Boss revamps Champs-Elysées flagship in Paris, its largest worldwide
today Oct 9, 2019
“In the course of over six months, we never closed [the store] down. Our team has managed to cope with the noise and the disturbance,” says Volker Herre, general manager South Europe of the Hugo Boss group since 2016, a man with a 25-year career at the German label. On Sunday, Herre unveiled Boss’s revamped, state-of-the-art flagship store on the Champs-Elysées in Paris.
The premises have been completely renovated. Daylight streams in through large picture windows, highlighting the tall, imposing ceiling, while the store’s statement staircase is overlooked by two LED screens of respectively 10 m2 and 25 m2, showing videos and images from Boss’s advertising campaigns and runway shows.
The store’s new interior design is elegant, with a colour palette of black, white and navy blue, the ambience enhanced by marble-effect flooring and furniture and interior details in pale oak wood. Inside the new flagship, Boss customers are figuratively able to loosen up their tie-knot, encouraged by the lounge-like décor with its array of armchairs and sofas, inspired by the style of designer Pierre Paulin, both in the basement, dedicated to menswear, and the spacious mezzanine, showcasing the label’s womenswear collections.
“Womenswear accounts for a slightly larger share of revenue in France [about 10% of the total], and we improved the women’s section by installing dedicated fitting rooms. We have already received positive feed-back about this new approach,” says Herre.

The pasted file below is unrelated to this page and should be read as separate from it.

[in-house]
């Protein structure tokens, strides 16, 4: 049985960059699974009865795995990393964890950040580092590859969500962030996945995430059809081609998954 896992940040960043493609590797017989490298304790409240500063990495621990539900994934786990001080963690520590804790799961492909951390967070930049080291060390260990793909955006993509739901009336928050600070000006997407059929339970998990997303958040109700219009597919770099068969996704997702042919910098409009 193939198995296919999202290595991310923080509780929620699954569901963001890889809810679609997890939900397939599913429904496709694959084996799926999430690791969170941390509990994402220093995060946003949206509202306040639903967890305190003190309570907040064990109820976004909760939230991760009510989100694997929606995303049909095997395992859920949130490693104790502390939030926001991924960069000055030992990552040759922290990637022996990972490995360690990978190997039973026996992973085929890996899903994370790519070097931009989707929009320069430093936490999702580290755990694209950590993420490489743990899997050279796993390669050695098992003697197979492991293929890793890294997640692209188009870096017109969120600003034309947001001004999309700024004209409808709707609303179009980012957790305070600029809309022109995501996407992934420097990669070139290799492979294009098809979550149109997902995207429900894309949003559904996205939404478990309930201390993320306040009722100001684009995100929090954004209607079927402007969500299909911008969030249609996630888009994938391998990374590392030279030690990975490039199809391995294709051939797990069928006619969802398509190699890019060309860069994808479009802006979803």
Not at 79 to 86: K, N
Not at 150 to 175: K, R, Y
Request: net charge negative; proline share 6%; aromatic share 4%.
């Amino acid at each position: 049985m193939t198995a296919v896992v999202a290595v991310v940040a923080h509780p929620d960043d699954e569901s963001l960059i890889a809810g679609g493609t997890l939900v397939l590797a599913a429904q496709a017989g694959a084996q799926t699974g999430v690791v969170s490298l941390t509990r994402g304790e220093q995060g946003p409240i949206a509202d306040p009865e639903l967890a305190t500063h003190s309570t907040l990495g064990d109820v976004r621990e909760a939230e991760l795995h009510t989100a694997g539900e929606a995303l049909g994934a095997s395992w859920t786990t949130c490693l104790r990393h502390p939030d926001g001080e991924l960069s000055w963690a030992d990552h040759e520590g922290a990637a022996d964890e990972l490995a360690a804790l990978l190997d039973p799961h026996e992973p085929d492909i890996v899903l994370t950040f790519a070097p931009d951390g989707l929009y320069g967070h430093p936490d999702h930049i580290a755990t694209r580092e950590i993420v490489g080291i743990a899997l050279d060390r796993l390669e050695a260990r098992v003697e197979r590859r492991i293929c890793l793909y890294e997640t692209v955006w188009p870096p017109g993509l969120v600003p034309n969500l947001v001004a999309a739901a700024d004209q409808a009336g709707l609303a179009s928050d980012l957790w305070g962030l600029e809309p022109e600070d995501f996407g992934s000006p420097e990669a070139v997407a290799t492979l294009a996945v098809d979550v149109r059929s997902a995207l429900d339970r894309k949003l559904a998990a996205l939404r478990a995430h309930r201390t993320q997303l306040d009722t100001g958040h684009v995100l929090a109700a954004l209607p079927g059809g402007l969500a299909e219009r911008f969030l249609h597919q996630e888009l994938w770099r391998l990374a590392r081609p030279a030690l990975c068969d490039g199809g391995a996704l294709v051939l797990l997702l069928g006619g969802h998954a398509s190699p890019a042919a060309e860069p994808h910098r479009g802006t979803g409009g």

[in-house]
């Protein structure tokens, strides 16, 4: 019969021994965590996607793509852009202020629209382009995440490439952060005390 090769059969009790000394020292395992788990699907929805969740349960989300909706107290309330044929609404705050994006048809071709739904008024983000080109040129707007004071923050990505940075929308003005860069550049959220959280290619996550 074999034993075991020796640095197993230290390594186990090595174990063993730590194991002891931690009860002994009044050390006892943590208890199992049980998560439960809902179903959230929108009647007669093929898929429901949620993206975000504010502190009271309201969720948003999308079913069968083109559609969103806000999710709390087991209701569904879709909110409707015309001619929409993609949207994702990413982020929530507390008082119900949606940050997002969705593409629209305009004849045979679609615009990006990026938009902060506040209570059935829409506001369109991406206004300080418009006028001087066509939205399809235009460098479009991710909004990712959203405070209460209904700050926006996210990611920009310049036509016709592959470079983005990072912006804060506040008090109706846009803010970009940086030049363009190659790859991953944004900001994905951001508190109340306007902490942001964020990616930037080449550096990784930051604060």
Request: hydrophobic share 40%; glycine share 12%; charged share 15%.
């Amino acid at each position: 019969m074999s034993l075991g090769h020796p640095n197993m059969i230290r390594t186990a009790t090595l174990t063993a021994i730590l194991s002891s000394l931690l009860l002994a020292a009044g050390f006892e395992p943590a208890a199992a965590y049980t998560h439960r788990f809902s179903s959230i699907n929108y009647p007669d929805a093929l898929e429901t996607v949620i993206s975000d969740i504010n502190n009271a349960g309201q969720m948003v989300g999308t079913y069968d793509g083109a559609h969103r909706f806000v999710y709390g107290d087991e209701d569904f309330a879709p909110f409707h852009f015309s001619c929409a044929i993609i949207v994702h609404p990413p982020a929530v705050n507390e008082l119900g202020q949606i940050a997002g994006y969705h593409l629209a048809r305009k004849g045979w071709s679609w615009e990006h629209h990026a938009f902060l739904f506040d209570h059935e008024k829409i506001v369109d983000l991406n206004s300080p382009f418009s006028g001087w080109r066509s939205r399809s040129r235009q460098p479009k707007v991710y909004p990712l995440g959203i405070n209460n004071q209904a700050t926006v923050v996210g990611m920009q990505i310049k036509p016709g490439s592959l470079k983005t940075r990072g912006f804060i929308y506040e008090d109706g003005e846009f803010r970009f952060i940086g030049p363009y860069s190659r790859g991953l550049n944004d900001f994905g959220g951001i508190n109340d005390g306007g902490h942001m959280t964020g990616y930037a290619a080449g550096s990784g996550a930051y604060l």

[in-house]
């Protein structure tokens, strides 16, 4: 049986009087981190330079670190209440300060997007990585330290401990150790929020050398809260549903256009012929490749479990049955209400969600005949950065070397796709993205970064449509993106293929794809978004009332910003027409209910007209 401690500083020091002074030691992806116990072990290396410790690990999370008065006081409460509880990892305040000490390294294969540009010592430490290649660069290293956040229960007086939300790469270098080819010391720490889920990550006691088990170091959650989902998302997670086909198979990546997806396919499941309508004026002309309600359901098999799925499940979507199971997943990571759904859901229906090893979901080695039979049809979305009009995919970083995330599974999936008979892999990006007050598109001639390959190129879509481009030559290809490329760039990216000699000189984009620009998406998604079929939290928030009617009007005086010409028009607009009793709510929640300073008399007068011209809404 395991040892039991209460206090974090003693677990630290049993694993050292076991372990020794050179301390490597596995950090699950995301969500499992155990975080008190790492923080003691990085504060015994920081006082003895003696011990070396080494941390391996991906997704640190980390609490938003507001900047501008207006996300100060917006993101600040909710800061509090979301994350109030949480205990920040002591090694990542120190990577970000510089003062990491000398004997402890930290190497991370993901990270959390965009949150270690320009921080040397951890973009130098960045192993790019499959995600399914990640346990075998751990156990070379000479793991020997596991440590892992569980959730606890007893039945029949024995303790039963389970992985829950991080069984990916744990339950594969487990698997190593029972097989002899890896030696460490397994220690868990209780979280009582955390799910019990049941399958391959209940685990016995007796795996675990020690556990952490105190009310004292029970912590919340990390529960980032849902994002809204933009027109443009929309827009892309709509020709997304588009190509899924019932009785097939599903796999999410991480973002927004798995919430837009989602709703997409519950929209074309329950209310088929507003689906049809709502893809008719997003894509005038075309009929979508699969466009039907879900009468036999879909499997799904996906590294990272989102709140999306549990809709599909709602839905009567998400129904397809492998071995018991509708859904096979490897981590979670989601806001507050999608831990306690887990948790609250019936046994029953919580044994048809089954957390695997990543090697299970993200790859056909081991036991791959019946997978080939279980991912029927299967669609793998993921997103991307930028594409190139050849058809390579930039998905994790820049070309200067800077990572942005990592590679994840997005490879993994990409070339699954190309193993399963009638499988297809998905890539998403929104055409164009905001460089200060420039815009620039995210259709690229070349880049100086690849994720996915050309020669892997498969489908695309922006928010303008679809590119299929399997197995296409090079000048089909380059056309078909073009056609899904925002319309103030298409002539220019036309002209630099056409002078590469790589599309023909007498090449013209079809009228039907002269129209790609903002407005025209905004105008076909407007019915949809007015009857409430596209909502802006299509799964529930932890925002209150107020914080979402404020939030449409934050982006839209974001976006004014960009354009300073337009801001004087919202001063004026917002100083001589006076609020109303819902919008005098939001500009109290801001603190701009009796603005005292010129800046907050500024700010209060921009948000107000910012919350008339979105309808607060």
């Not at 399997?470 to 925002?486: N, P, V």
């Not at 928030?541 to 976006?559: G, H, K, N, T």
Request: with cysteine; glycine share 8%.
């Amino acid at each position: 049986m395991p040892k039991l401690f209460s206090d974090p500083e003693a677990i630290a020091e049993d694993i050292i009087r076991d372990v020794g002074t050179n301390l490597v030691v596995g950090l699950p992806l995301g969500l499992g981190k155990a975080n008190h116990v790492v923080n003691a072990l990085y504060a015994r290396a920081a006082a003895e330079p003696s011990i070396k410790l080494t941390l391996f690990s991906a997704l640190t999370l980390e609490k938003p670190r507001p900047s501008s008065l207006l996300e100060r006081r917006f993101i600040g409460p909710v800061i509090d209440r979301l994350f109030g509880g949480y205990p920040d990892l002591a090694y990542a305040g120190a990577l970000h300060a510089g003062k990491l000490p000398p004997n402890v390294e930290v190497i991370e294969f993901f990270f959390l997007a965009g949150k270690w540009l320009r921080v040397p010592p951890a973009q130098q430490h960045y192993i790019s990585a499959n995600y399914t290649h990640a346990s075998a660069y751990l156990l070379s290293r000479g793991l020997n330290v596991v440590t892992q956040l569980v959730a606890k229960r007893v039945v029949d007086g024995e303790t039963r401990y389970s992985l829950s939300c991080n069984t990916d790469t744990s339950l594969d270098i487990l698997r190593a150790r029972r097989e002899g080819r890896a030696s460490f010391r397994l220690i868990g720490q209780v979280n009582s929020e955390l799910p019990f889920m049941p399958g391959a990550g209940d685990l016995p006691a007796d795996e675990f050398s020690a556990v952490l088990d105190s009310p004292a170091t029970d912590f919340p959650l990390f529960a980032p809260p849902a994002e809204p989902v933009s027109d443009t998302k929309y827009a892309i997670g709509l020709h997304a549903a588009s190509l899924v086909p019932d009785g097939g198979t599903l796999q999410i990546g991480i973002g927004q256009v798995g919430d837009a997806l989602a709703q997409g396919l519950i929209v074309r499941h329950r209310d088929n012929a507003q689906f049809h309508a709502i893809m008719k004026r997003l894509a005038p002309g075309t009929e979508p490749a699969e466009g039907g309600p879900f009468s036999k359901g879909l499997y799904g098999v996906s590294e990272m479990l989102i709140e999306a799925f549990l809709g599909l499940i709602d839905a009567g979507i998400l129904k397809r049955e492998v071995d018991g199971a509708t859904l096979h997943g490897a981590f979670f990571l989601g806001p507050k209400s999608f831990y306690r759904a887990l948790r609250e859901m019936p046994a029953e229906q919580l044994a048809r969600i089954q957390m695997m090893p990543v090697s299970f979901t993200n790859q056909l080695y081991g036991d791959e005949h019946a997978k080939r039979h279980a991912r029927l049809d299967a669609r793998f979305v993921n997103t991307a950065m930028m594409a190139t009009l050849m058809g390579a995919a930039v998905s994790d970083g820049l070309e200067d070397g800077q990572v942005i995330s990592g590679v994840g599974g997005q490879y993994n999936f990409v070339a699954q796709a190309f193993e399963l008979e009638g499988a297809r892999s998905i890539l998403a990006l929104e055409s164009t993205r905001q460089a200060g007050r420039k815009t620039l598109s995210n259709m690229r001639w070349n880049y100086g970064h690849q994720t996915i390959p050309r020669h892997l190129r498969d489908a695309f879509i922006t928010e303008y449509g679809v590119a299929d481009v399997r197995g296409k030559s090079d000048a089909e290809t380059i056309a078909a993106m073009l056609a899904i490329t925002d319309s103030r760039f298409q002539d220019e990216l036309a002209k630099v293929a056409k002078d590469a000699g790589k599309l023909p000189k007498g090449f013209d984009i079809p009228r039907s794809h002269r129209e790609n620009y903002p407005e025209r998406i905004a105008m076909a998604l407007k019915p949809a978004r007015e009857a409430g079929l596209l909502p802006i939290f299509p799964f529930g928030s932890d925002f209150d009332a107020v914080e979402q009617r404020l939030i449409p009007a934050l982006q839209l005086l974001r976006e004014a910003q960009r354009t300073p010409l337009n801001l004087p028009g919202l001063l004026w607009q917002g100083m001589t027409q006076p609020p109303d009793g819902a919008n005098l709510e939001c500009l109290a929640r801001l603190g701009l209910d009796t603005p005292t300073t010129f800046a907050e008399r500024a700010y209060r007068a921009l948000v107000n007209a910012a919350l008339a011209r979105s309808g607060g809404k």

A digitalised store
Bespoke service is key, and Boss has clearly put a lot of effort into it. The flagship offers a Click & Collect service, as well as bespoke tailoring with suits starting at €1,200 - a service that was available at the Opéra store during the flagship’s renovation. Also, the new ‘Boss Made for Me’ personalisation service, enabling customers to hand-pick their suits’ details (from €700), to customise sneakers and, since this week, down jackets too. The store has been steeped in digital technology. There are tables equipped with tablet PCs and large touch-screens scattered around the retail area. Altogether, there are 10 connected devices in the store, for the use of both customers and sales assistants.
“Our sales teams have been trained to use them, and we can see they are very useful tools for selling. French customers are ready. France has the best results in terms of orders from stores, in other words online orders from our shops, thanks to the sales assistants’ follow-up work,” says Herre.
Boss’s revamped flagship is the ideal tool to meet a major challenge. With a retail area of 1,226 m2 on two levels, it is Boss’s largest store worldwide, and a showcase of the label’s strength.
“This store is crucial for our brand image. We have equipped it with the latest innovations, from touch-screens to the first permanent area dedicated to customisation. Entire walls display our jeans and sneakers range,” Herre explains.